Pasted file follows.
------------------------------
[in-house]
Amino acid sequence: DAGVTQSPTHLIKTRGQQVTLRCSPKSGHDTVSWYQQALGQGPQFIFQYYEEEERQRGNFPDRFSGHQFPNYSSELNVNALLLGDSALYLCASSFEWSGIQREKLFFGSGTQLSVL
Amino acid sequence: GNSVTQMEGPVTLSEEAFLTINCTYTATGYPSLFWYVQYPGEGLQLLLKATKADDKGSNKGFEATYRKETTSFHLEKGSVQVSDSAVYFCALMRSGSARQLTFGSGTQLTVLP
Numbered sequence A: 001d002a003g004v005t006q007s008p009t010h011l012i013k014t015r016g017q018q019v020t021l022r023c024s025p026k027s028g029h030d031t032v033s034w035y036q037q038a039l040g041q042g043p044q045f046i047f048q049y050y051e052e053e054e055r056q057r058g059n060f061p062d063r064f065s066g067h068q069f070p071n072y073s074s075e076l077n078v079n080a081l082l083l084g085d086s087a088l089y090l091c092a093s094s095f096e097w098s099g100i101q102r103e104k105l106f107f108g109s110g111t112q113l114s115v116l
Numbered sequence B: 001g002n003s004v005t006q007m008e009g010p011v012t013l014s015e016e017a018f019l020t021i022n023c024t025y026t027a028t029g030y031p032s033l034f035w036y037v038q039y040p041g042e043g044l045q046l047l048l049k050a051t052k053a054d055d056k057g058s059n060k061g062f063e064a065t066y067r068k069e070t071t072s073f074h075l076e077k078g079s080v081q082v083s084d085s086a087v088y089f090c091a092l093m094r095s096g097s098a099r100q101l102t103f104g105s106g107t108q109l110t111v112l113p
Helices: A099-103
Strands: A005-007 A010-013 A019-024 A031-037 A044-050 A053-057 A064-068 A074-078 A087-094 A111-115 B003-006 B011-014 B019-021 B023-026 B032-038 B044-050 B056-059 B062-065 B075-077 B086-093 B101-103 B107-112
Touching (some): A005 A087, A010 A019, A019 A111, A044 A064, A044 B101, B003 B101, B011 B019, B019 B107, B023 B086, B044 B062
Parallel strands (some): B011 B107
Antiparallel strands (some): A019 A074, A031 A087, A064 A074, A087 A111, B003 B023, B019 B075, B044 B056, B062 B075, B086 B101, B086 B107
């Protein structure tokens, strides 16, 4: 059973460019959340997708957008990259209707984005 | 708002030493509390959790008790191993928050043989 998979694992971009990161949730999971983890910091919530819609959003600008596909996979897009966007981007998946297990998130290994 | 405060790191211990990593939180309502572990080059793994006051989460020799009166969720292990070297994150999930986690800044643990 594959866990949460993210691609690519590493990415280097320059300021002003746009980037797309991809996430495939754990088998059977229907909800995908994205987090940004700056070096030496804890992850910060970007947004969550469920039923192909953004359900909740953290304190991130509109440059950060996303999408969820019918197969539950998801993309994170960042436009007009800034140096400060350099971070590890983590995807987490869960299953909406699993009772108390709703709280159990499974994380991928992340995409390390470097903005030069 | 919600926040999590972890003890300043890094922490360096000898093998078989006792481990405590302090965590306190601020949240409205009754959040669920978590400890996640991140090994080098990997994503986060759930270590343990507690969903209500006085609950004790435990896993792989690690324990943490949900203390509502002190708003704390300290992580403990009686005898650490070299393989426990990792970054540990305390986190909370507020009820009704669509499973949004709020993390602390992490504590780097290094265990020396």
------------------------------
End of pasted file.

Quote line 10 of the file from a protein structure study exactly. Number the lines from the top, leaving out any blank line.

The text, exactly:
Antiparallel strands (some): A019 A074, A031 A087, A064 A074, A087 A111, B003 B023, B019 B075, B044 B056, B062 B075, B086 B101, B086 B107